500 gr all-purpose flour
1.5 tsp salt
50 gr caster sugar
50 gr butter
1 egg
50 gr rapadura or brown sugar
30 gr fresh yeast
1.5 tsp cardamon powder
1 tsp cinnamon
1.5 tsp ground ginger
250 ml water
250 gr soaked dry fruits (currants, raisins, sultanas) 

Ingredients for the cross

75 gr OO flour (a finely ground Italian flour)
1/2 baking powder
70 ml water
15 ml oil
A pinch of salt and sugar

Ingredients for the chai glaze

150 ml water
60 gr sugar
25 gr black tea leaves
20 gr grated ginger
3 cardamom pods crushed
1 cinnamon quill


In a large bowl, mix the flour, salt, sugar, yeast, spice mix, eggs and water until combined, then knead the dough for 5 minutes before adding butter and soaked fruits.

When the dough is ready, allow it to ferment by covering and leaving in a warm space for 45mins–1 hour, it should double in size.

Portion the dough into buns, line them on a greased tray and proof for another hour, or until the buns double in size. While the buns are resting, pre-heat the oven to 200 degrees celsius.

For the chai glaze, add water, sugar, crushed cardamom pods, ginger and cinnamon quill to a pot and bring to boil. Add the tea leaves and continue boiling for 2–3 minutes. Cover the bowl and let the tea steep into a syrup.

Strain the syrup and return to the stove over a medium heat. Stir until the syrup has reduced to about 1/2 in volume and is thick like a glaze.

When the buns are ready to be baked, use the batter made for the cross to pipe the cross on top. Bake the buns at 200 degrees celsius for 14–15 minutes.

As soon as the buns are out of the oven, brush them with the chai glaze and enjoy fresh with a healthy smear of butter.

A Lamington for Valentine’s Day? We’ll Take Two

It’s not the most conventional Valentine’s Day dessert, but this recipe from Hawke’s Brewing Co. and The Lucky Prawn will hit the sweet spot this weekend.

Article by T Australia

Lucky Prawn Love Lamington. Photograph courtesy of The Lucky Prawn Chinese Bistro / Hawke's Beer and Leisure Centre.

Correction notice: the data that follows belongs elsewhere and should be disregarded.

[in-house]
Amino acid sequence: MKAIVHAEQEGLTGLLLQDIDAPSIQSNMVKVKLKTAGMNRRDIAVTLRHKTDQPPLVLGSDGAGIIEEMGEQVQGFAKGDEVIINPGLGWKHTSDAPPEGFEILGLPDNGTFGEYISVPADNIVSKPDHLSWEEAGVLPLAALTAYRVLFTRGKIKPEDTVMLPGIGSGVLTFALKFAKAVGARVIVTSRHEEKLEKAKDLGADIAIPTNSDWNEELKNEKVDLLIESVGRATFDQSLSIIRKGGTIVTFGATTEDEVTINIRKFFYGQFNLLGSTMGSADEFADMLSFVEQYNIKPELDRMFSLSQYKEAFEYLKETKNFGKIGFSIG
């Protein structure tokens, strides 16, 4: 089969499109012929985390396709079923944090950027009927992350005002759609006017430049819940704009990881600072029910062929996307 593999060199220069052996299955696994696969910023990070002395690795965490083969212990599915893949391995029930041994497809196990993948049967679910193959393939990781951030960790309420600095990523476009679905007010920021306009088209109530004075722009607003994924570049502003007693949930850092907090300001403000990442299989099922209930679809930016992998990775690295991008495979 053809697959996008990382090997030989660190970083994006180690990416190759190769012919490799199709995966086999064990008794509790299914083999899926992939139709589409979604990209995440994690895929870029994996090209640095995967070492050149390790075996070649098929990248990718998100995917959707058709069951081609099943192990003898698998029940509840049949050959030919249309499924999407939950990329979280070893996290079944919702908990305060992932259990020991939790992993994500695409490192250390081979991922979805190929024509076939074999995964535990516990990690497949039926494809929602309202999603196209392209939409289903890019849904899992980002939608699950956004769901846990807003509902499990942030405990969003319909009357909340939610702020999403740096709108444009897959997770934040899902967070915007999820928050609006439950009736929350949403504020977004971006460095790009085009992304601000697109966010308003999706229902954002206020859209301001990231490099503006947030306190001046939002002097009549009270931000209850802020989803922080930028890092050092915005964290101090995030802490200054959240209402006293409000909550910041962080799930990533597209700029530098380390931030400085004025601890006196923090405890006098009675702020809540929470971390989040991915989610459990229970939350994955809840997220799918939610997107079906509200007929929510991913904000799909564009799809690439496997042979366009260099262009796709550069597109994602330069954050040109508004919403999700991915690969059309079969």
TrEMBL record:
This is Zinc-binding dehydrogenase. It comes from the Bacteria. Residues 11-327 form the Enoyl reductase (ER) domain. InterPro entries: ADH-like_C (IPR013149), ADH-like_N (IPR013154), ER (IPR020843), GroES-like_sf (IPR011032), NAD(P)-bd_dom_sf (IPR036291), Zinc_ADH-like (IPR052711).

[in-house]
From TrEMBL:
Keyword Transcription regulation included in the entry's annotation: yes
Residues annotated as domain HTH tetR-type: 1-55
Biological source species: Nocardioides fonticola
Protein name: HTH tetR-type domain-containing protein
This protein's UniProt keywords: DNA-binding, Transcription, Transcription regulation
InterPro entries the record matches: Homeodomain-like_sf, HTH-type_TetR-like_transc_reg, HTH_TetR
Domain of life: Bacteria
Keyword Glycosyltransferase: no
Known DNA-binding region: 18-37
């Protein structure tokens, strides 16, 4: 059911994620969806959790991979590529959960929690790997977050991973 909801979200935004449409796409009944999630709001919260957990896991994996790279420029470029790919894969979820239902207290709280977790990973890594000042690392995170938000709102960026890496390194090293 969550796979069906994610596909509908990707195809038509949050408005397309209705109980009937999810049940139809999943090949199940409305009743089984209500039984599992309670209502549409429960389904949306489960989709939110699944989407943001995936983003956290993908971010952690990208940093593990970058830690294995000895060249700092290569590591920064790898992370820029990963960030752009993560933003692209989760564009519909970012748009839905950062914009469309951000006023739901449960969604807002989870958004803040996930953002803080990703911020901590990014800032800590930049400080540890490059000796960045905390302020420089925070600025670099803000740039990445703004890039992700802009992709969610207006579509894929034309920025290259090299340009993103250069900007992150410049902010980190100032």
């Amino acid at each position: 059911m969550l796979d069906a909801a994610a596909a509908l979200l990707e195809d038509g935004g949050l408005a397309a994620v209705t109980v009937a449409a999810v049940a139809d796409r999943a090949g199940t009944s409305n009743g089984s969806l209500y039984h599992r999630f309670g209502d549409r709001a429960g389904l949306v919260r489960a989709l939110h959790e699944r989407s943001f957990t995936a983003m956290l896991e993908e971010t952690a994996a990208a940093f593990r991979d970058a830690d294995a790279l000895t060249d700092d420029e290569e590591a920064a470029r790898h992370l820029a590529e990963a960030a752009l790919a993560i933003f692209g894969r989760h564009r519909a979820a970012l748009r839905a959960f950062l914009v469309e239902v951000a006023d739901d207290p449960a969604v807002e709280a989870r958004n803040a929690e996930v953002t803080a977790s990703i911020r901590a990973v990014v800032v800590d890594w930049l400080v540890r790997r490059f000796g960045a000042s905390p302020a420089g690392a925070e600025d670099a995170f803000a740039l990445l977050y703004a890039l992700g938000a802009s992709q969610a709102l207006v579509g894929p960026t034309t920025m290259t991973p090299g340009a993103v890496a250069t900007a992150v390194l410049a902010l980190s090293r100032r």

The way to someone’s heart is through their stomach. Or, perhaps, it’s just the way to T Australia editors’ affections. This Valentine’s Day we’re taking a leaf out Hawke’s Brewing Co. and The Lucky Prawn’s book and whipping up their easy-to-make Lucky Prawn Love Lamington.

Lucky Prawn Love Lamington


6 Eggs
225g Sugar
225g Self Raising Flour 50g Corn Flour
50g Butter
125ml Water

Chocolate Sauce
250g Icing Mixture
25g Cocoa Powder Nestle 25g Butter
150ml Milk



Using a mixer, beat egg on high for 5 minutes then add sugar slowly. Once ribboning is achieved, stop.

Sift Self Raising and Cornflour together.

Fold Flour into Egg Mixture to make batter.

Add Melted butter to water and fold through batter.

Line a baking tray approximately 30cm x 30cm and line with baking paper. Pour out the mixture and bake at 175-degrees for 30 minutes.

Remove from oven and Cool in Tray.

Chocolate Sauce

Mix icing sugar, cocoa powder and milk together. Add melted butter (if it’s looking a little thick add more milk).


Once cool, trim to squares and cut sponge.

Dip each cake in chocolate sauce then roll in desiccated coconut. Set in the fridge or coolroom.

Once set, serve with vanilla ice cream enjoy eat on its own. Keep in an airtight container for up to three days.

Celebrate Lunar New Year With This Recipe for Lucky Prawn Toast

Cooking for friends and family at home this Lunar New Year? Try this easy recipe from Hawke’s Brewing Co. and The Lucky Prawn.

Article by T Australia

Lucky Prawn ToastLucky Prawn Toast. Photograph courtesy of The Lucky Prawn Chinese Bistro / Hawke's Beer and Leisure Centre.

Food plays an integral role in Lunar New Year celebrations, and what better way to celebrate the Year of the Dragon than by indulging in your favourite Chinese dishes.